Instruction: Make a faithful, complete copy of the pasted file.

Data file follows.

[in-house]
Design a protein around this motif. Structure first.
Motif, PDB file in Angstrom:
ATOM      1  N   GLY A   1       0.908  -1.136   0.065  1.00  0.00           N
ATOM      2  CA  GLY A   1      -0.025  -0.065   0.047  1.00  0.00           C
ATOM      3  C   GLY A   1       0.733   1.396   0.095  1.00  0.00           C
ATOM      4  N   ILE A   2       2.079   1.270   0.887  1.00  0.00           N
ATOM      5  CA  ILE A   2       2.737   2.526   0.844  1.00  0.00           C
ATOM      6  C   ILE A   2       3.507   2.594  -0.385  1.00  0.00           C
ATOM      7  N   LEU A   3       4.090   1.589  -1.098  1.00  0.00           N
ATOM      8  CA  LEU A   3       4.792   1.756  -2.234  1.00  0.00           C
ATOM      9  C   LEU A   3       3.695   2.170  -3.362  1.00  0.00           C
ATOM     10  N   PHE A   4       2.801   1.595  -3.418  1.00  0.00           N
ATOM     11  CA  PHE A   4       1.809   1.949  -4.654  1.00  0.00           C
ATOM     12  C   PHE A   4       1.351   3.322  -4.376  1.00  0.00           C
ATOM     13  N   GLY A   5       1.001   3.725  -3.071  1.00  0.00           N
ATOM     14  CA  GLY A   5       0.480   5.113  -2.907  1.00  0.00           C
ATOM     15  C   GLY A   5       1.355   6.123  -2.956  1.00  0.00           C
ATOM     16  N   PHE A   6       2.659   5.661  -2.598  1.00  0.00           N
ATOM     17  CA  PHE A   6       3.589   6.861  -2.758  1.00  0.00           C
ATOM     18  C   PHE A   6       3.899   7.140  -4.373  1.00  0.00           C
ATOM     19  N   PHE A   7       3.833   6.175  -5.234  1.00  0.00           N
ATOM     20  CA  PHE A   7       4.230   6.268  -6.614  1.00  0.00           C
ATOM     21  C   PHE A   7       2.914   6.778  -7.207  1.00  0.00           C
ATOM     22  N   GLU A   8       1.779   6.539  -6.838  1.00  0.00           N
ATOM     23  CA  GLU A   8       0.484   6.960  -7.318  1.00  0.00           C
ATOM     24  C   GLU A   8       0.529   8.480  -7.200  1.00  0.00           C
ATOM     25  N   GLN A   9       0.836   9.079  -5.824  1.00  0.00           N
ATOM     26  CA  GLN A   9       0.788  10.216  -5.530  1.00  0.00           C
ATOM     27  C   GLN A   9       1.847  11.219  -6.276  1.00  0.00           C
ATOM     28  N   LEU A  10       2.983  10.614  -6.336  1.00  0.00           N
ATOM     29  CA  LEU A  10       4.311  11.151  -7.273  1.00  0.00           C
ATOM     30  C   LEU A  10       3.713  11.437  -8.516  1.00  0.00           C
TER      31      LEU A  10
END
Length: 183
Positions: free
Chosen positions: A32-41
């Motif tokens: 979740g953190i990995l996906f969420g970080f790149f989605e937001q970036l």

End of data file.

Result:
[in-house]
Design a protein around this motif. Structure first.
Motif, PDB file in Angstrom:
ATOM      1  N   GLY A   1       0.908  -1.136   0.065  1.00  0.00           N
ATOM      2  CA  GLY A   1      -0.025  -0.065   0.047  1.00  0.00           C
ATOM      3  C   GLY A   1       0.733   1.396   0.095  1.00  0.00           C
ATOM      4  N   ILE A   2       2.079   1.270   0.887  1.00  0.00           N
ATOM      5  CA  ILE A   2       2.737   2.526   0.844  1.00  0.00           C
ATOM      6  C   ILE A   2       3.507   2.594  -0.385  1.00  0.00           C
ATOM      7  N   LEU A   3       4.090   1.589  -1.098  1.00  0.00           N
ATOM      8  CA  LEU A   3       4.792   1.756  -2.234  1.00  0.00           C
ATOM      9  C   LEU A   3       3.695   2.170  -3.362  1.00  0.00           C
ATOM     10  N   PHE A   4       2.801   1.595  -3.418  1.00  0.00           N
ATOM     11  CA  PHE A   4       1.809   1.949  -4.654  1.00  0.00           C
ATOM     12  C   PHE A   4       1.351   3.322  -4.376  1.00  0.00           C
ATOM     13  N   GLY A   5       1.001   3.725  -3.071  1.00  0.00           N
ATOM     14  CA  GLY A   5       0.480   5.113  -2.907  1.00  0.00           C
ATOM     15  C   GLY A   5       1.355   6.123  -2.956  1.00  0.00           C
ATOM     16  N   PHE A   6       2.659   5.661  -2.598  1.00  0.00           N
ATOM     17  CA  PHE A   6       3.589   6.861  -2.758  1.00  0.00           C
ATOM     18  C   PHE A   6       3.899   7.140  -4.373  1.00  0.00           C
ATOM     19  N   PHE A   7       3.833   6.175  -5.234  1.00  0.00           N
ATOM     20  CA  PHE A   7       4.230   6.268  -6.614  1.00  0.00           C
ATOM     21  C   PHE A   7       2.914   6.778  -7.207  1.00  0.00           C
ATOM     22  N   GLU A   8       1.779   6.539  -6.838  1.00  0.00           N
ATOM     23  CA  GLU A   8       0.484   6.960  -7.318  1.00  0.00           C
ATOM     24  C   GLU A   8       0.529   8.480  -7.200  1.00  0.00           C
ATOM     25  N   GLN A   9       0.836   9.079  -5.824  1.00  0.00           N
ATOM     26  CA  GLN A   9       0.788  10.216  -5.530  1.00  0.00           C
ATOM     27  C   GLN A   9       1.847  11.219  -6.276  1.00  0.00           C
ATOM     28  N   LEU A  10       2.983  10.614  -6.336  1.00  0.00           N
ATOM     29  CA  LEU A  10       4.311  11.151  -7.273  1.00  0.00           C
ATOM     30  C   LEU A  10       3.713  11.437  -8.516  1.00  0.00           C
TER      31      LEU A  10
END
Length: 183
Positions: free
Chosen positions: A32-41
């Motif tokens: 979740g953190i990995l996906f969420g970080f790149f989605e937001q970036l």